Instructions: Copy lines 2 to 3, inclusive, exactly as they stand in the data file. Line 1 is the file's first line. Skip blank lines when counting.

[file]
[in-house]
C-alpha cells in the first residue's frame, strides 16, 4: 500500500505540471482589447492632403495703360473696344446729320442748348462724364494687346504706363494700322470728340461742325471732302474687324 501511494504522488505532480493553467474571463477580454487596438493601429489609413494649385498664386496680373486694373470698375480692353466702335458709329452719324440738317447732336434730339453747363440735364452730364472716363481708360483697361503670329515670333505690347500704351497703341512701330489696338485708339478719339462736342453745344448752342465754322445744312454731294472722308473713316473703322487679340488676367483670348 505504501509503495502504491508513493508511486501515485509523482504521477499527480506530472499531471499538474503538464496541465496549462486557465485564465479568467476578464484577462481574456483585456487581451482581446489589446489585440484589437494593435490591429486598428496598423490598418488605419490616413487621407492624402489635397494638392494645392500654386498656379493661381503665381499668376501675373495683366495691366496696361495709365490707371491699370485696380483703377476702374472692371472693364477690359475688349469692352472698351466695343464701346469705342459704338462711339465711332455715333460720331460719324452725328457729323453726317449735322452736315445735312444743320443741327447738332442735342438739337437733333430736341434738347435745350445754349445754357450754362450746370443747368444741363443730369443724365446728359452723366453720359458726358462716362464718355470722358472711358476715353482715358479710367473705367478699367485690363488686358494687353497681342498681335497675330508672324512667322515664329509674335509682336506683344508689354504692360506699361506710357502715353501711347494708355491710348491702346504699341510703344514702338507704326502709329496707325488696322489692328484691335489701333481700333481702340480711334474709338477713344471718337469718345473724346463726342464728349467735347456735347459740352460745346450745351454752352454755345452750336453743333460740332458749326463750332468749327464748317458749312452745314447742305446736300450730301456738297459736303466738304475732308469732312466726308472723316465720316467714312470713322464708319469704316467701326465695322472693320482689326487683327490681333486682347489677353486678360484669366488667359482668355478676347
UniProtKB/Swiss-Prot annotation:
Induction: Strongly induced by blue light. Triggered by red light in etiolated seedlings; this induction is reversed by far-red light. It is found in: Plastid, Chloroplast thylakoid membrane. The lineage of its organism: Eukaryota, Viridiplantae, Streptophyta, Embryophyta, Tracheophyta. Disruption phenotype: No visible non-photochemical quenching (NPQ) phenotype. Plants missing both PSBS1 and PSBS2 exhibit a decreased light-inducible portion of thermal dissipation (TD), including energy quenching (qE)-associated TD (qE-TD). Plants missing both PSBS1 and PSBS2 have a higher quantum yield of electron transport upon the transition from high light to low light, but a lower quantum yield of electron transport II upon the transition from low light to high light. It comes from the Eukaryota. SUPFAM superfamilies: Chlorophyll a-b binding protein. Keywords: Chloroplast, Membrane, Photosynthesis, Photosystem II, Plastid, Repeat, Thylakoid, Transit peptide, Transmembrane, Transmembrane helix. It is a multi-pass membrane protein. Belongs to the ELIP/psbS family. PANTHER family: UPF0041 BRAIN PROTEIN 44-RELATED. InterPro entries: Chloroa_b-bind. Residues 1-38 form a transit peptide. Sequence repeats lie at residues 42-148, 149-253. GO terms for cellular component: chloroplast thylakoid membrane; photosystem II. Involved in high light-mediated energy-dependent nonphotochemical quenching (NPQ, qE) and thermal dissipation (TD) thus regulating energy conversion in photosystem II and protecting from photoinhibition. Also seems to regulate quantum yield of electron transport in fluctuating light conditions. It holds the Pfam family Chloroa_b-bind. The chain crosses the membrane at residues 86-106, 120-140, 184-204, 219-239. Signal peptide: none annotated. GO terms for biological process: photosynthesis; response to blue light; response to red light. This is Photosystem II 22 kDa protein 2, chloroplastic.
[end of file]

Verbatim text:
C-alpha cells in the first residue's frame, strides 16, 4: 500500500505540471482589447492632403495703360473696344446729320442748348462724364494687346504706363494700322470728340461742325471732302474687324 501511494504522488505532480493553467474571463477580454487596438493601429489609413494649385498664386496680373486694373470698375480692353466702335458709329452719324440738317447732336434730339453747363440735364452730364472716363481708360483697361503670329515670333505690347500704351497703341512701330489696338485708339478719339462736342453745344448752342465754322445744312454731294472722308473713316473703322487679340488676367483670348 505504501509503495502504491508513493508511486501515485509523482504521477499527480506530472499531471499538474503538464496541465496549462486557465485564465479568467476578464484577462481574456483585456487581451482581446489589446489585440484589437494593435490591429486598428496598423490598418488605419490616413487621407492624402489635397494638392494645392500654386498656379493661381503665381499668376501675373495683366495691366496696361495709365490707371491699370485696380483703377476702374472692371472693364477690359475688349469692352472698351466695343464701346469705342459704338462711339465711332455715333460720331460719324452725328457729323453726317449735322452736315445735312444743320443741327447738332442735342438739337437733333430736341434738347435745350445754349445754357450754362450746370443747368444741363443730369443724365446728359452723366453720359458726358462716362464718355470722358472711358476715353482715358479710367473705367478699367485690363488686358494687353497681342498681335497675330508672324512667322515664329509674335509682336506683344508689354504692360506699361506710357502715353501711347494708355491710348491702346504699341510703344514702338507704326502709329496707325488696322489692328484691335489701333481700333481702340480711334474709338477713344471718337469718345473724346463726342464728349467735347456735347459740352460745346450745351454752352454755345452750336453743333460740332458749326463750332468749327464748317458749312452745314447742305446736300450730301456738297459736303466738304475732308469732312466726308472723316465720316467714312470713322464708319469704316467701326465695322472693320482689326487683327490681333486682347489677353486678360484669366488667359482668355478676347
UniProtKB/Swiss-Prot annotation: